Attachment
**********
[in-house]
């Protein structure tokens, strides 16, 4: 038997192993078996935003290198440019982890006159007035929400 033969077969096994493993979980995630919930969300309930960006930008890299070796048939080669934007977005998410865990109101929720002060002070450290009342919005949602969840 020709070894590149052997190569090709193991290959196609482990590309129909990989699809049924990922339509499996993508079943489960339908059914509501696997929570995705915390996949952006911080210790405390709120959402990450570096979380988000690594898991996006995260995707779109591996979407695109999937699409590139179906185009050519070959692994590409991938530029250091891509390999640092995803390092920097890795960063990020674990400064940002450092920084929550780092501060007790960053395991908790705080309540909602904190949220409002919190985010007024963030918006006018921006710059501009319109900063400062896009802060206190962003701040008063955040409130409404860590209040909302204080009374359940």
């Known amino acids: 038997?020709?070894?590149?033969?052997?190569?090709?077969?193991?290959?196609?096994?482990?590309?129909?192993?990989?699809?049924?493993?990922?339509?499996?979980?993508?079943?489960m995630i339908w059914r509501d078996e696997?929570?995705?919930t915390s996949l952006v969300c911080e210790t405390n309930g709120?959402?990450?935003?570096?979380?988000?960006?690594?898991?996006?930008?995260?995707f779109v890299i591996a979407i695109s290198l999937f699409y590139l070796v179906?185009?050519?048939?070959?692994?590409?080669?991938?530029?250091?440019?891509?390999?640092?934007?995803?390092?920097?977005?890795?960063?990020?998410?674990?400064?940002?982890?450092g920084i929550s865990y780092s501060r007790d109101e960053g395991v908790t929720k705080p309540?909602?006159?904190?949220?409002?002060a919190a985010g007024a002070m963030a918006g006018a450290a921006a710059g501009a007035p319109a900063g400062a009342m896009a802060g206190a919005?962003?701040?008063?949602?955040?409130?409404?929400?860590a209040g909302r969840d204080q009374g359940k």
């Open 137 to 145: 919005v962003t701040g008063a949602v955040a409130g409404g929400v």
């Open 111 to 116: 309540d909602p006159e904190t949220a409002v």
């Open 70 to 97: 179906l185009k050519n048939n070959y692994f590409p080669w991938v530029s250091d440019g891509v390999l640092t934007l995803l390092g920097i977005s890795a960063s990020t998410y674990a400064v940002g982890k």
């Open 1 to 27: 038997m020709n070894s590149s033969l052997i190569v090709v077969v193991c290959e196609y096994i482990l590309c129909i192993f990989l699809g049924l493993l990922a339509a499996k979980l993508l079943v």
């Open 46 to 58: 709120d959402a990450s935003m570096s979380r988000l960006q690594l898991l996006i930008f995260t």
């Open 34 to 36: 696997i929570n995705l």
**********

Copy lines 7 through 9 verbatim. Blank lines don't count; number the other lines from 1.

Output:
């Open 1 to 27: 038997m020709n070894s590149s033969l052997i190569v090709v077969v193991c290959e196609y096994i482990l590309c129909i192993f990989l699809g049924l493993l990922a339509a499996k979980l993508l079943v």
């Open 46 to 58: 709120d959402a990450s935003m570096s979380r988000l960006q690594l898991l996006i930008f995260t």
């Open 34 to 36: 696997i929570n995705l």